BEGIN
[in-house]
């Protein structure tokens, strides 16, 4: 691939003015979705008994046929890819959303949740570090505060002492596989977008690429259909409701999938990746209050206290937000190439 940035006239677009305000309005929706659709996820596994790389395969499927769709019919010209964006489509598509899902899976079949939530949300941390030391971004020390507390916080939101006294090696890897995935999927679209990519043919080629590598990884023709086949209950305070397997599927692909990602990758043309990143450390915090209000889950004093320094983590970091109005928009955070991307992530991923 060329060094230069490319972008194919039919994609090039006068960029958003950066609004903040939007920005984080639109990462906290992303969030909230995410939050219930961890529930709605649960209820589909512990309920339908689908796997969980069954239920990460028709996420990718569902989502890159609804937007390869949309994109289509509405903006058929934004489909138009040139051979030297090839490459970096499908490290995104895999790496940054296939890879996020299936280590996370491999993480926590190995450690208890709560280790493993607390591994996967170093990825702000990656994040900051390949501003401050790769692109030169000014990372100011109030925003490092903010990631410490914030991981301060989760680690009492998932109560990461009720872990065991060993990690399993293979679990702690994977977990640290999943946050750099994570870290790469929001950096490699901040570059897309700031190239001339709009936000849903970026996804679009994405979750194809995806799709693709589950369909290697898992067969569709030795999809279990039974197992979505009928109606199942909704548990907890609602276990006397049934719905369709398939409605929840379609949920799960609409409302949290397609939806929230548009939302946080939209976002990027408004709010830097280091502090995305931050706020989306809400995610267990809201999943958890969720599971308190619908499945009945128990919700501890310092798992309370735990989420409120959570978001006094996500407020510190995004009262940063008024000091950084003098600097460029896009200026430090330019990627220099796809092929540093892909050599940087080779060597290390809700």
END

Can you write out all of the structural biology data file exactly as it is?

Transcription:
[in-house]
């Protein structure tokens, strides 16, 4: 691939003015979705008994046929890819959303949740570090505060002492596989977008690429259909409701999938990746209050206290937000190439 940035006239677009305000309005929706659709996820596994790389395969499927769709019919010209964006489509598509899902899976079949939530949300941390030391971004020390507390916080939101006294090696890897995935999927679209990519043919080629590598990884023709086949209950305070397997599927692909990602990758043309990143450390915090209000889950004093320094983590970091109005928009955070991307992530991923 060329060094230069490319972008194919039919994609090039006068960029958003950066609004903040939007920005984080639109990462906290992303969030909230995410939050219930961890529930709605649960209820589909512990309920339908689908796997969980069954239920990460028709996420990718569902989502890159609804937007390869949309994109289509509405903006058929934004489909138009040139051979030297090839490459970096499908490290995104895999790496940054296939890879996020299936280590996370491999993480926590190995450690208890709560280790493993607390591994996967170093990825702000990656994040900051390949501003401050790769692109030169000014990372100011109030925003490092903010990631410490914030991981301060989760680690009492998932109560990461009720872990065991060993990690399993293979679990702690994977977990640290999943946050750099994570870290790469929001950096490699901040570059897309700031190239001339709009936000849903970026996804679009994405979750194809995806799709693709589950369909290697898992067969569709030795999809279990039974197992979505009928109606199942909704548990907890609602276990006397049934719905369709398939409605929840379609949920799960609409409302949290397609939806929230548009939302946080939209976002990027408004709010830097280091502090995305931050706020989306809400995610267990809201999943958890969720599971308190619908499945009945128990919700501890310092798992309370735990989420409120959570978001006094996500407020510190995004009262940063008024000091950084003098600097460029896009200026430090330019990627220099796809092929540093892909050599940087080779060597290390809700």